The Age of Alexa: Is it time for contractors to join the AI revolution?


“First they ignore you, then they laugh at you, then they fight you, then you win.” 

“Alexa play lullaby music.”  “Alexa, what’s the weather going to be like this weekend?”  “Alexa, add milk to the grocery list.”  “Alexa, find me a plumber . . .”

This morning I asked Alexa to find me an HVAC contractor.  Alexa provided three recommendations.  None of them were the “big” players in town.  Traditional SEO practices would have provided predictable, seemingly nepotistic search results.  Not Alexa.  Alexa’s criteria is notably different than other search engines. Alexa is not a “pay to play” info-system.  Alexa’s criteria are democratizing search results in favor of the consumer rather than the search engine.

My family uses artificial intelligence for simple things like playing bed time music for our daughter.  We are starting to test it for slightly more complicated tasks such as ordering groceries or finding a service provider.  We are one of over 50 million households who have seamlessly adjusted to our talking black tube (has anyone questioned the weirdness of that?).  That number–50 million–is forecasted to double by 2020.  Contractors should take note.  AI is re-shaping lead generation and the relationship between consumers and technology in as much as e-commerce is challenging the power structure between businesses and consumers.  It is time for contractors to consider capitalizing on the potential advantages of AI as a lead source that customers trust.

Alexa, Cortana and similar AI devices utilize unique criteria when recommending products and services.   For example, Alexa will only give a contractor’s website consideration if Amazon has certified the site metrics.  Sound fishy?  Don’t you have to basically open your books to participate in certain box store programs?  Here’s the link if you’re interested in certification:  Non-certified web sites will not be considered as a search results option.  Additionally, Alexa’s algorithms give preference to contractors who are participating in its home services program.  Non-participants will most likely not be considered or be given tertiary attention at best.  Low traffic websites will not be well ranked.  Finally, Alexa considers three months worth of unique visitors and page views in order to determine a “Long Tail” score.  Information about the importance of the “Long Tail” effect can be found here:

At this time Alexa is brand agnostic.  Notably, so are most HVAC consumers.  Alexa doesn’t care if a contractor is affiliated with a dealer loyalty program.  Alexa doesn’t read Consumer Reports.  Alexa cares about consumer behavior more than contractor of manufacture talking points.  It evaluates contractors from the consumer’s point-of-view.  Alexa recommends a business based on traffic, the company’s site metrics, and the Long Tail behaviors.  This may very well be the new face of lead generation: Populist optimization.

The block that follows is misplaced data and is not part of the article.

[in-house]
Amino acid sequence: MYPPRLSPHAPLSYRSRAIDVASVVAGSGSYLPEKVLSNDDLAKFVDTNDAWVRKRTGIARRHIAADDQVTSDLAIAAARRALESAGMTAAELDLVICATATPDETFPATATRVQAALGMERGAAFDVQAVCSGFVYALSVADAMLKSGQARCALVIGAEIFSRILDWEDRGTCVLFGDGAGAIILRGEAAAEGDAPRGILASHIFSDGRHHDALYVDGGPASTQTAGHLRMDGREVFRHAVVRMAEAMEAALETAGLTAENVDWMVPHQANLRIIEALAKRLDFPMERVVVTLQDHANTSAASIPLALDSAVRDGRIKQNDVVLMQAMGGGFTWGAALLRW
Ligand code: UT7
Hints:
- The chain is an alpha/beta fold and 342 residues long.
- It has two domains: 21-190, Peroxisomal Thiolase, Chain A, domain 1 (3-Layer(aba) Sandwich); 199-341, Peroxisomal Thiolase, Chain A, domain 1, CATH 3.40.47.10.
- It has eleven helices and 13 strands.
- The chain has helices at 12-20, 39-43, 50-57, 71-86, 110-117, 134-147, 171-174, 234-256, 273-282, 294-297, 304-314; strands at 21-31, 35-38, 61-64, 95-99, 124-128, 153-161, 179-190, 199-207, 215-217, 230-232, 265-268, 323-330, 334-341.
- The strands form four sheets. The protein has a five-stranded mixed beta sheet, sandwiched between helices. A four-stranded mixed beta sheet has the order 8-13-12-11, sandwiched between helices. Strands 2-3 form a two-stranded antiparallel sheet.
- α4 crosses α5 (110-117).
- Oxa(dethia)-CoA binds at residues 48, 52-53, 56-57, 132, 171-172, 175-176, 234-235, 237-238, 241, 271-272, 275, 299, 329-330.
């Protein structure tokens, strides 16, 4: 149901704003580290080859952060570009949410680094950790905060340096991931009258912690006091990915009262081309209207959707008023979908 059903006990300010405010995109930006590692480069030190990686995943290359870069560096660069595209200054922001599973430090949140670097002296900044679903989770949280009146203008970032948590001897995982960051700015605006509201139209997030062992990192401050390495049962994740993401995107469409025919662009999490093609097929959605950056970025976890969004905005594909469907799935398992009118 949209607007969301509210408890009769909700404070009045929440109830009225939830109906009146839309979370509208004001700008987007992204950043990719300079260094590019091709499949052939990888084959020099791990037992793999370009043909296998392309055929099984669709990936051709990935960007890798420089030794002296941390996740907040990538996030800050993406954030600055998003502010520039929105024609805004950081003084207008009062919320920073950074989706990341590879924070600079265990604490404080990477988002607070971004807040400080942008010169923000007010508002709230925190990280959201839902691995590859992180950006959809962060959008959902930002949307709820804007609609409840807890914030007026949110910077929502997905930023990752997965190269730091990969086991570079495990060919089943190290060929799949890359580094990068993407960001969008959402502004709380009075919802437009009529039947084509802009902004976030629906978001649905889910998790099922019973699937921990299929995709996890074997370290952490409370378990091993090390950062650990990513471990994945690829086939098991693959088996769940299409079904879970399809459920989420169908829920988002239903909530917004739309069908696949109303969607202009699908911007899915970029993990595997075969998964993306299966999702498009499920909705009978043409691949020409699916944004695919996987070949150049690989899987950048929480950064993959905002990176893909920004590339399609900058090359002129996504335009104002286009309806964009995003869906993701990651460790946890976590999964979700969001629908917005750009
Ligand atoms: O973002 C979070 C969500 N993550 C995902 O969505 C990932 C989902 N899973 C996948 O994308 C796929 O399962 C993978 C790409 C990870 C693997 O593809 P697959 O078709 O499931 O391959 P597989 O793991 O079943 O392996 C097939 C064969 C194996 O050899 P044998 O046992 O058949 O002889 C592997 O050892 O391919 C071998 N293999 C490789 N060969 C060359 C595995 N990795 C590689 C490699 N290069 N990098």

For the time being manufacturers and their marketing partners will be flummoxed by AI.  Some companies have already built relationships with Amazon and others, attempting to embed their home control devices with AI.  That’s a good start providing that contractors operate in a manner that is compliant with AI discovery criteria.  For now the dog is still wagging the tail.

Two days ago I asked a friend if he’d consider joining an AI home service group.  “I’m already in X, Y, and Z” box stores and I don’t need another expense,” he said.  It’s a valid point.  Box store programs are incredibly costly without considering the additional management and personnel requirements that owners are expected to assume.  Leads generated via artificial intelligence devices represents potential cost savings–reduced staff, paperless processing, and speedy on-line payment systems.  It may also represent another version of subjugation for the contractor who refuses to see a lead as the point of entry in to a cross-selling and long-term relationship with the consumer.  Consumers are increasingly attracted to seamless, high-touch purchase experiences.  I’m unconvinced that box store lead generation and sales models satisfy those descriptions.  As box stores stridently adopt e-commerce options I’m not sure they are either.

I remember when box stores started selling heating and cooling equipment.  There were a few smirks and a few skepticisms.  We all know how that experiment worked out.  Most of you reading this remember the bomb-drop effect that Nest had on the HVAC industry as well as its frantic response to a non-traditional competitor (despite a bevy of beneficial functions the industry has yet to market their products with similar efficacy).  AI represents another non-traditional shift in the HVAC industry.  It may also be the next iteration of the box store.  Amazon is playing a long game.  They have what every business wants: incalculable amounts of consumer data.  Contractors need to decide if they are ready to integrate artificial intelligence in to their marketing and advertising strategy.  Personally, I think it’s time.


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